The biggest challenge companies tend to have in this space is analysis paralysis. They tend to boil the ocean and get overwhelmed by the sheer complexity of all the technology options that are available. My recommendation is the 80/20 rule. Pick use cases that have a very clear business benefit and it should be easy to implement. You should not have to wait two years and spend $2 million before you see the first data set. That is not scalable, and it takes the momentum away from the business. The most important thing is to have initial use cases that the business can see value in, have a path to how you would grow and bring in different solutions because there is never one technology that can answer all your questions.
Make sure that you have the picture for how the bigger puzzle should come together. Then, know how to lay that foundation so that the business can see the benefits of having a more connected lab. I have seen far too many customers try to adopt complex technologies and it just remains an experiment. Some of the pharma and biotech customers I spoke to seven years ago still haven’t solved those problems because they were chasing applications that didn’t have a business value or were just a nice-to-have.
Talk to us about the guiding principles and values that have helped you achieve business success and exhibit leadership.
My main philosophy is that you have to be open to imagining what’s possible, and not be tied down by the status quo. Quite often in the industries I’ve worked in we’ve had to really imagine how something is going to be. You can’t do that if you’re not willing to be open-minded. And the next thing is, you’re only as good as your team. A leader’s job is really to be a safety net for your team to stretch and grow. Having a space where you can build a very diverse team that shares your core values and convictions about where you’re going as a business, and then giving them the room to grow, is important. When people inspire themselves to live up to their potential, that’s when the magic happens. And that’s what excites me working at startups and in really small companies where you’re taking on a lot of risk. And really, it’s the team that makes it exciting.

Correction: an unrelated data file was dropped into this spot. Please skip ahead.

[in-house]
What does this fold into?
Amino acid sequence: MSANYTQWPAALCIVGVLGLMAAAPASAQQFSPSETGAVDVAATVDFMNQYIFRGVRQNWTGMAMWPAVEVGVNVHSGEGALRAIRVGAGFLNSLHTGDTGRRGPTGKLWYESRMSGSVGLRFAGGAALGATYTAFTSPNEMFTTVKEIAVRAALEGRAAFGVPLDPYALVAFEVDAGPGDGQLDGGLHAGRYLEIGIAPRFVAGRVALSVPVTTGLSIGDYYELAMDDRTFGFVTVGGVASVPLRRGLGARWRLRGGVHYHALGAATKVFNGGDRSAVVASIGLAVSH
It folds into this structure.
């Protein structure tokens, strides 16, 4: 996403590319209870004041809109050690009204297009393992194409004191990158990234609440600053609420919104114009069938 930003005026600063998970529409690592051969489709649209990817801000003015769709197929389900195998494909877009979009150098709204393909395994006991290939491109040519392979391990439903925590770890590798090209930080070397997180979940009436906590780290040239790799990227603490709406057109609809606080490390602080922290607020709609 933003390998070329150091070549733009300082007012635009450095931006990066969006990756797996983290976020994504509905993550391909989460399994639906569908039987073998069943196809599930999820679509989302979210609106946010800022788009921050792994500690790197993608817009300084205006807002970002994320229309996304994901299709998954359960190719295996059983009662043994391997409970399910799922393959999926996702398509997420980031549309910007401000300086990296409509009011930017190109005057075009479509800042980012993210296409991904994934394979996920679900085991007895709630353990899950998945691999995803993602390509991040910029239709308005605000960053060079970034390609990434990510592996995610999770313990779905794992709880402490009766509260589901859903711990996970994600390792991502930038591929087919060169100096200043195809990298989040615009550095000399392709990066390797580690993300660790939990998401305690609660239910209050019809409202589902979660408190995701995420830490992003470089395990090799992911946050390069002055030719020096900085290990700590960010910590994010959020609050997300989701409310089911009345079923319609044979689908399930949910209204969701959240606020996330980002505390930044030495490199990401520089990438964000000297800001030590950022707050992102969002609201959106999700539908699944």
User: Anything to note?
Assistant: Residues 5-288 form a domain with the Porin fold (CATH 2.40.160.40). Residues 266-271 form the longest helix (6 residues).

To me, being able to build a good team and giving them space to grow becomes one of the most critical foundations of building a good company. And the customers have to be your focus. The moment you lose touch with your customers, you set yourself up for complacency and for competition to come in. So, I always tell my team, your hundredth customer should always feel like they are the first customer. You should never lose that interaction with your customer because it helps to build your business and build your solution. The more separation you have between your end user and your product, the less opportunity you have to continue evolving the product.
What’s in the pipeline for WattIQ in the coming months?
We have a couple of big things coming up in terms of expanding our solution offering to condition monitoring. We’re going to have a powered multi-sensor product that enables you to monitor a variety of different sensors. It could be CO₂, it could be ultra-low temperature freezers, it could be light, so broadening the sensor portfolio, which is also going to let us do anomaly detection for conditions of assets ranging from freezers to incubators. That’s some of the stuff we’re doing on the solution side. We’re also going to be expanding into the European market. So, by Q4, you’re going to see the product portfolio to support the European market because, as you know, our customers are global. So, this just comes naturally. We’re pretty excited. We have a pretty full year ahead of us on this front.
How does Biocom help in WattIQ’s mission?
We would like to work with Biocom to enable the conversation around harnessing technology to reimagine your daily operations. The pandemic has brought to the forefront the need to have a more connected lab and facilities management. There is no single technology that can solve all the problems but many technologies co-exist and a forum to enable these conversations will be valuable to the industry as a whole.
Final question, how do you start your day?
Pre-COVID-19, I usually would wake up at 4:45 and go have an Ashtanga yoga practice. It’s a great way to clear my head.
WattIQ is offering Biocom members a free pilot program to monitor up to 25 devices in labs and workspaces. The plug and play pilot kits can be installed without WattIQ coming on site for a completely remote set up. Once set up, within 90 seconds of having a device plugged in, data will be captured and you can begin monitoring assets. To learn more and get started, contact Todd Mirzaian at WattIQ at firstname.lastname@example.org.